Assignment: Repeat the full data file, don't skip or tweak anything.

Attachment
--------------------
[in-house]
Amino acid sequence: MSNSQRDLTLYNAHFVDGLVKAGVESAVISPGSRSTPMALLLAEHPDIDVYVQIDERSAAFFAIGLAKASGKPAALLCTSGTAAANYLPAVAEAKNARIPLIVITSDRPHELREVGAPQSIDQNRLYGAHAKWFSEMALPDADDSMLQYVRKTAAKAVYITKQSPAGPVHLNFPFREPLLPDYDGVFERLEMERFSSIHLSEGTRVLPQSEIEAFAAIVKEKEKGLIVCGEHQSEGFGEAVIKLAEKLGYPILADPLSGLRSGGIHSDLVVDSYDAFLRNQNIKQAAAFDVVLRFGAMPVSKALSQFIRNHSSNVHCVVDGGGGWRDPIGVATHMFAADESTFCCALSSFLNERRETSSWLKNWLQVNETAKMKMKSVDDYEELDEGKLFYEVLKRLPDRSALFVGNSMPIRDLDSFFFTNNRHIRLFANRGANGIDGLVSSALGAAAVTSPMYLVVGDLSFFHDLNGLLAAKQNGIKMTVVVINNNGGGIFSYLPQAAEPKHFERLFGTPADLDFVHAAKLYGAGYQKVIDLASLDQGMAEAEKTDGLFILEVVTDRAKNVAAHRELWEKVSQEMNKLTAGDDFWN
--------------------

[in-house]
Amino acid sequence: MSNSQRDLTLYNAHFVDGLVKAGVESAVISPGSRSTPMALLLAEHPDIDVYVQIDERSAAFFAIGLAKASGKPAALLCTSGTAAANYLPAVAEAKNARIPLIVITSDRPHELREVGAPQSIDQNRLYGAHAKWFSEMALPDADDSMLQYVRKTAAKAVYITKQSPAGPVHLNFPFREPLLPDYDGVFERLEMERFSSIHLSEGTRVLPQSEIEAFAAIVKEKEKGLIVCGEHQSEGFGEAVIKLAEKLGYPILADPLSGLRSGGIHSDLVVDSYDAFLRNQNIKQAAAFDVVLRFGAMPVSKALSQFIRNHSSNVHCVVDGGGGWRDPIGVATHMFAADESTFCCALSSFLNERRETSSWLKNWLQVNETAKMKMKSVDDYEELDEGKLFYEVLKRLPDRSALFVGNSMPIRDLDSFFFTNNRHIRLFANRGANGIDGLVSSALGAAAVTSPMYLVVGDLSFFHDLNGLLAAKQNGIKMTVVVINNNGGGIFSYLPQAAEPKHFERLFGTPADLDFVHAAKLYGAGYQKVIDLASLDQGMAEAEKTDGLFILEVVTDRAKNVAAHRELWEKVSQEMNKLTAGDDFWN